Germany approves joining ISIS war in Syria

German parliament votes to answer France's appeal and deploy recon jets, frigate and up to 1,200 troops in Syria.

Arutz Sheva Staff ,

German Tornado jet
German Tornado jet
Reuters

Lawmakers on Friday approved plans for Germany to take on a direct role in the battle against the Islamic State (ISIS) group in Syria, answering France's appeal for help.

Parliament voted for the mandate for the deployment of Tornado reconnaissance jets, a frigate and up to 1,200 troops by an overwhelming majority of 445 votes in favor and 146 against. Seven lawmakers abstained.

The parliamentary vote comes three weeks after ISIS jihadists murdered 130 people in a series of attacks in Paris, prompting France to invoke a clause requiring EU states to provide military assistance to wipe out the ISIS group in Iraq and Syria.

Britain joined the US-led bombing campaign over Syria on Thursday, striking an ISIS-held oil field as the momentum to take action against the jihadist group increases.

After repeatedly ruling out the use of "boots on the ground," US President Barack Obama breached his promises and agreed to send as many as 100 special forces to Iraq, with a mandate to carry out raids inside Syria.

A broad coalition of 60 countries has been battling ISIS since August 2014, although involvement in Syria has been more limited,with some Western nations wary of how military action could actually end up serving President Bashar al-Assad's regime, which they view as no longer legitimate.

But reticence seemed to have melted away following the Paris attacks, and in the Netherlands, which has been bombarding ISIS in Iraq, the government too is coming under pressure to widen the campaign to Syria.

Even in Germany, where there has traditionally been reluctance to engage in military missions abroad, the government's decision to take direct action in Syria has been largely met with support.

Public backing, public concern

An opinion poll in Die Welt newspaper Friday showed a broad public backing of 58% of people surveyed in favor of the military deployment while 37% were against.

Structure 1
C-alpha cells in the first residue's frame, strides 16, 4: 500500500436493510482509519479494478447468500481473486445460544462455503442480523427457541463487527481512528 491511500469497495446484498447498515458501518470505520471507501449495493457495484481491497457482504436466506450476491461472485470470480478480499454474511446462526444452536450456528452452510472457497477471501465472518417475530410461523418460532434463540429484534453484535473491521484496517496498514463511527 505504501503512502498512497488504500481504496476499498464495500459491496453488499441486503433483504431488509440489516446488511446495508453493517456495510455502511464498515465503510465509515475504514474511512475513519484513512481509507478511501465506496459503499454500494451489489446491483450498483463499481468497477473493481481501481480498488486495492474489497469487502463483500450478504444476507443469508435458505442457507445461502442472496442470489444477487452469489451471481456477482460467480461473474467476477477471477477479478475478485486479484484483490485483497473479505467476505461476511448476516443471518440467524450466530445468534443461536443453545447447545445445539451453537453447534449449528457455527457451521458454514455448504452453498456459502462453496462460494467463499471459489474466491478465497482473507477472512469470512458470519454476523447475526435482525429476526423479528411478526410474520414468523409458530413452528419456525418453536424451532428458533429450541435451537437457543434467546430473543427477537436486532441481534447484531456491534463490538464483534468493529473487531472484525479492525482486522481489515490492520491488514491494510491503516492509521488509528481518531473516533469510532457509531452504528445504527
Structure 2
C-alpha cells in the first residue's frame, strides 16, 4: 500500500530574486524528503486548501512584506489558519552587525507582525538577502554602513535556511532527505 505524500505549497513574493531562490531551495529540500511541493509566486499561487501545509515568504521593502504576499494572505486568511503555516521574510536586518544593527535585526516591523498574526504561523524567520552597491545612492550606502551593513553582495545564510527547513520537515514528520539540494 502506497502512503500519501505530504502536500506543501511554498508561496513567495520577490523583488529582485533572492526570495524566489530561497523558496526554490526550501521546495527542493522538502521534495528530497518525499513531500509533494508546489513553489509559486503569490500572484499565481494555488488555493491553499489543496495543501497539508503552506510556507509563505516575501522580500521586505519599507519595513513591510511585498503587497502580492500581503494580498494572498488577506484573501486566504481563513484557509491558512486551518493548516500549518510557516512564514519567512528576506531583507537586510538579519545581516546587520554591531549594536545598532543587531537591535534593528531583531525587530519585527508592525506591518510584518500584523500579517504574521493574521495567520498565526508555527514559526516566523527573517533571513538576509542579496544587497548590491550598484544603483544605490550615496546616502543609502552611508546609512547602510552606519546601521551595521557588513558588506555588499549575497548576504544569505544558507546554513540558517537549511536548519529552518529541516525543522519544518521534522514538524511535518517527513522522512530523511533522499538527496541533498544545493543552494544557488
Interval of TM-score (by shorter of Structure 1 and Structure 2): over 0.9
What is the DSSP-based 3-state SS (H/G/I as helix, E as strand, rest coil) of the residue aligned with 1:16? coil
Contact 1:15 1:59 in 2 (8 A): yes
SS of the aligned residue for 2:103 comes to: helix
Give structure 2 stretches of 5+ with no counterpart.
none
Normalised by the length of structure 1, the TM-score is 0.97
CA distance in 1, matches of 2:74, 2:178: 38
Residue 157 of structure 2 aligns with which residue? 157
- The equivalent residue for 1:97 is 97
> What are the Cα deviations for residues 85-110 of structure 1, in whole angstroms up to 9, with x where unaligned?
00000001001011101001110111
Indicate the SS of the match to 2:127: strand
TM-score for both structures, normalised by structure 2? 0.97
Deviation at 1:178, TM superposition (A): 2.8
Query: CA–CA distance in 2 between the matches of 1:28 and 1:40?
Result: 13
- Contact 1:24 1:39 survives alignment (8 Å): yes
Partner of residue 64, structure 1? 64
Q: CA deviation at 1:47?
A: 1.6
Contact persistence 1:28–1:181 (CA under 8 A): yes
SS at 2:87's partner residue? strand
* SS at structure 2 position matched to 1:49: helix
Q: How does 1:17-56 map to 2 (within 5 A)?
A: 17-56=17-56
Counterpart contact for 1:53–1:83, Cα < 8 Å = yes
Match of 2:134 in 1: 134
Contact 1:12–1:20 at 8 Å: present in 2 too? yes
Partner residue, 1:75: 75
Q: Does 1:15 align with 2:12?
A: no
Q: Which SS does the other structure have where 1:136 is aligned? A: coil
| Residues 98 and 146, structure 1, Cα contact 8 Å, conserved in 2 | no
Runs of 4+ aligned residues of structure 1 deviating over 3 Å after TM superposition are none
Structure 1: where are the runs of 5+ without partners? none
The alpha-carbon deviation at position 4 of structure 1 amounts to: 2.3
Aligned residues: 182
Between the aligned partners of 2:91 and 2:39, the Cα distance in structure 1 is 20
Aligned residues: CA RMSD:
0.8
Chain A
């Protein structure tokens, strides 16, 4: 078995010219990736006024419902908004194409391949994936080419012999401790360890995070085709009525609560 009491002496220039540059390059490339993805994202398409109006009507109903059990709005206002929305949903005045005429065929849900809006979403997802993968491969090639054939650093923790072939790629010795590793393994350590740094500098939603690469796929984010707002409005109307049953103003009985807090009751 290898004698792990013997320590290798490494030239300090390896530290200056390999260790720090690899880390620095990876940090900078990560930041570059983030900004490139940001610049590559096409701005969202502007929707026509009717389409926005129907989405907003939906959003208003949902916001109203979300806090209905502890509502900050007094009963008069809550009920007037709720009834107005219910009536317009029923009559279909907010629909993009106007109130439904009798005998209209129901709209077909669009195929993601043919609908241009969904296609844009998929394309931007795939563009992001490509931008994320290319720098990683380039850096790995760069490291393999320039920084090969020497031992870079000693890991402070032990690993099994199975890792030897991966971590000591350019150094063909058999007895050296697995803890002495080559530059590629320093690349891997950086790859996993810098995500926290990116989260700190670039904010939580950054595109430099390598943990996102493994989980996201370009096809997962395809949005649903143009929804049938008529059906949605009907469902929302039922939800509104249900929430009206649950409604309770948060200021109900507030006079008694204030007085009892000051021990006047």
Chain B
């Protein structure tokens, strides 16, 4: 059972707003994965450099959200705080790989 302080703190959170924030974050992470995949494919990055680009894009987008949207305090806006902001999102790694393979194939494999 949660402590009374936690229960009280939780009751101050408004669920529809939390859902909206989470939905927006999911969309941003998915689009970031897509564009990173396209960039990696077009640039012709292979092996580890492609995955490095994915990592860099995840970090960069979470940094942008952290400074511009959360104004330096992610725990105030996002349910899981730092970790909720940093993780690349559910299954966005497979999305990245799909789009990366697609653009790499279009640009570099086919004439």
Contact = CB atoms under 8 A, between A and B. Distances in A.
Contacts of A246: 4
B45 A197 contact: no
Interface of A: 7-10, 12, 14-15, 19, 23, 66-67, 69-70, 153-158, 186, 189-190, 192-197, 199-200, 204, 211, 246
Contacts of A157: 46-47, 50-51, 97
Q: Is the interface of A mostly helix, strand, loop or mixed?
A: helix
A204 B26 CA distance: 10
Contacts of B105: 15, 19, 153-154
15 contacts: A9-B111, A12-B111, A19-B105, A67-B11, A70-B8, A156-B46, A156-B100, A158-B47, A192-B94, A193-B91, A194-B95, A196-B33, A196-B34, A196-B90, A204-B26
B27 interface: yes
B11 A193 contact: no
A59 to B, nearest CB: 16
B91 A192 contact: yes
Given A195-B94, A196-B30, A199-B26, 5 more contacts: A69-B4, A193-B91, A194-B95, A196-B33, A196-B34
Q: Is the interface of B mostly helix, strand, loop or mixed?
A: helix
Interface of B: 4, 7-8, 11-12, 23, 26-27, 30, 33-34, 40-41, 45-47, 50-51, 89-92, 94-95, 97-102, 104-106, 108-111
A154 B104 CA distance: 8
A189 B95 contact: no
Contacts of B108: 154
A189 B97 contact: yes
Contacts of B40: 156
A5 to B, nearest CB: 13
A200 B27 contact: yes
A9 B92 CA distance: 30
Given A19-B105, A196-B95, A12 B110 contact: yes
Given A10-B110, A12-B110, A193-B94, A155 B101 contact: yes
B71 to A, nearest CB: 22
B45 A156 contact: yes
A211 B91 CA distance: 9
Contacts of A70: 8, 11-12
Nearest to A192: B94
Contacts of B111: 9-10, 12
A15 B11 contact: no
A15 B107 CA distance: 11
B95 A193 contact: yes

The support came despite a large majority of 63% believing that the risk of a terror attack on German soil will rise as a result of Bundeswehr involvement in Syria.

The military mission could become Germany's biggest deployment abroad.

Meanwhile, France's President Francois Hollande will on Friday visit the French aircraft carrier Charles de Gaulle in the eastern Mediterranean off Syria where it is being used to conduct air strikes on Islamic State targets.

"He will meet military personnel taking part in operations to intensify the fight against Daesh in Syria and Iraq," a statement from the presidency said, using another name for the jihadist group.

Germany's Justice Minister Heiko Maas said the case for deployment was watertight legally.

"The Germans can be certain that the deployment to Syria neither violates international law nor the constitution," he told the Tagesspiegel on Friday.

"We must stop this terrorist gang of murderers. That will not be achieved with military action alone, but neither would it be achieved without," he said.

"War at speed of Tornado"

The package being considered by parliament includes six Tornado aircraft which have no offensive fighter capability and are specialized in air-to-ground reconnaissance. 

A German frigate is intended to protect the Charles de Gaulle, from which French fighter jets are carrying out bombing runs, and the tanker aircraft could refuel them mid-air to extend their range.

Separately, Germany has also pledged to send 650 soldiers to Mali to provide some relief to French forces battling jihadists in the west African nation.

But the opposition asked if Germany is being forced to make a weighty decision too hastily.

"We are being made to decide in three days if Germany would once again be dragged into a war. We do not want to be dragged into a war at the speed of a Tornado," the Left party's Petra Sitte told parliament.

But Defense Minister Ursula von der Leyen defended the swift action, saying it sends a "signal that we are resolved to fight ISIS."

AFP contributed to this report.



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